Soaking Uncle Sam: Conclusion
As proposed, Westlands' new contract is a deal California simply can't afford:
- No planner would think of giving a green light to a development the size of San Diego, San Francisco, Riverside and San Bernardino combined if the source of its water supply was unclear. But that's what the Bureau of Reclamation is doing with Westlands' new contract. The contract must reconcile the amount of water that can be provided with the amount being promised.
- By locking in more than 1 million acre-feet a year for up to 50 years, the contract makes it impossible for the state to plan wisely and fairly for the future water needs of California, where the next drought is always just a matter of time.
- California's fish and wildlife need more water. The San Francisco Bay-Delta ecosystem is on the verge of collapse. Last fall the populations of many species considered to be indicators of ecosystem health including the endangered Delta smelt, young striped bass, threadfin shad, and copepods fell to some of the lowest levels ever recorded.  Forty miles of the San Joaquin River, once home to a thriving salmon fishery, have been completely dry for the last 50 years since the construction of the Friant Dam.  Today, more than half of Trinity River flows are diverted for agricultural use and fish populations have been reduced by 60 to 80 percent.  These are three major sources of Westlands' irrigation water.
- While Westlands is awash in hundreds of thousands of acre-feet of water, some small, low-income, primarily Latino communities in the Valley lack clean and affordable drinking water. Alpaugh, in Tulare County, is dependent on trucked-in donations of water. In nearby Lindsay, residents must sign affidavits that they will use bottled water for drinking and cooking, because their tap water is contaminated with nitrates from fertilizers and runoff from pesticides. Raisin City, in rural Fresno County, lacks its own water and sewage system, and tests of residents' wells found every one contaminated with levels of pesticides, bacteria, nitrates and radioactive material above state health standards.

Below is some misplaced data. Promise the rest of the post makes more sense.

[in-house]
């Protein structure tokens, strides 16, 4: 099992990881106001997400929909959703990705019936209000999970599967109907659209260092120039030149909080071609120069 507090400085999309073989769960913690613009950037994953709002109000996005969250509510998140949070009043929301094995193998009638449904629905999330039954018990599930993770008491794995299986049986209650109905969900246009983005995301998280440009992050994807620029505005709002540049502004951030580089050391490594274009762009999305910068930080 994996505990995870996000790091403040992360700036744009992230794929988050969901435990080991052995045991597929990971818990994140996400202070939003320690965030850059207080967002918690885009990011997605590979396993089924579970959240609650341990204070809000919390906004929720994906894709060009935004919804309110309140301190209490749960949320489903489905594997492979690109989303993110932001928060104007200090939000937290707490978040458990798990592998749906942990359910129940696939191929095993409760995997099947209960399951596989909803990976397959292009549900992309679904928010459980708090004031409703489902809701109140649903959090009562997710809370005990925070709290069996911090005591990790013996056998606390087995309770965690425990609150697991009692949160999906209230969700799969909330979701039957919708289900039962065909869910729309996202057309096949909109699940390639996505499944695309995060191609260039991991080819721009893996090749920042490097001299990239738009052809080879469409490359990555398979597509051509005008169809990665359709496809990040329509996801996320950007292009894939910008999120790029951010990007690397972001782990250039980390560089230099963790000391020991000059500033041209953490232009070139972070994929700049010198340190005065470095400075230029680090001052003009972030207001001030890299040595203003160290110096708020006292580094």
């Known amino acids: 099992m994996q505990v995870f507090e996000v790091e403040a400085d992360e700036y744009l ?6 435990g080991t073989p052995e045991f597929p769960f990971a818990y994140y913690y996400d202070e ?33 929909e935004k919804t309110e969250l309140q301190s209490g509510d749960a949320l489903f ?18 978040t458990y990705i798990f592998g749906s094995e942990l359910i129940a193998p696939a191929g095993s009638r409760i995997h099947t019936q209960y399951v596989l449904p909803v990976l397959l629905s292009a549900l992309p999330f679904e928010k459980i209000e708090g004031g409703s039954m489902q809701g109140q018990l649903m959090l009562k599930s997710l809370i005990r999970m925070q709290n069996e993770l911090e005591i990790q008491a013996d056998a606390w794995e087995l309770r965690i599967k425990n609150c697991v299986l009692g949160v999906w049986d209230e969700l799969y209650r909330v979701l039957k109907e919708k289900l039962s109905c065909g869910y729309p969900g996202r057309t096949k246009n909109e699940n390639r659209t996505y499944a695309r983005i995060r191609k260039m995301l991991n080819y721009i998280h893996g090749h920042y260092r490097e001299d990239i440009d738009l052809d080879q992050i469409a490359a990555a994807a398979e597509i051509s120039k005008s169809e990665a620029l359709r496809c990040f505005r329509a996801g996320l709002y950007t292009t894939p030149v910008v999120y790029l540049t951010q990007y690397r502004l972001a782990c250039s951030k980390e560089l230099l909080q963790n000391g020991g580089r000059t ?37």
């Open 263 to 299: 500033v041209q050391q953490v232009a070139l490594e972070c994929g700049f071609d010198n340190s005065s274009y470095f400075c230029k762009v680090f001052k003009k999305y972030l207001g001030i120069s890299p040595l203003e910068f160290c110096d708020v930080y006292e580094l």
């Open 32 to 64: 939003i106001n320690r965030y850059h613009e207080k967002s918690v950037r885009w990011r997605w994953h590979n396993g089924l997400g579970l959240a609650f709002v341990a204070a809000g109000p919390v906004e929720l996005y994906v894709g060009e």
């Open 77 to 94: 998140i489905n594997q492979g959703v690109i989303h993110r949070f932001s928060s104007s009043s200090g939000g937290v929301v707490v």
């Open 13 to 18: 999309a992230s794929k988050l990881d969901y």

As Westlands and the Bureau of Reclamation are quick to point out, the CVP is the lifeblood of San Joaquin Valley agriculture, which is the region's economic mainstay. But no one is saying that Westlands and other CVP farmers should stop receiving water, or that it shouldn't be subsidized only that they pay more of their fair share, pay back their debt to the taxpayers, and use water wisely and sparingly, leaving enough to support fish, recreation and other needs. To ensure that California's future water needs are met wisely and fairly, members of California's congressional delegation, Gov. Schwarzenegger and other state and local officials must demand that the Westlands contract be reopened for further negotiation.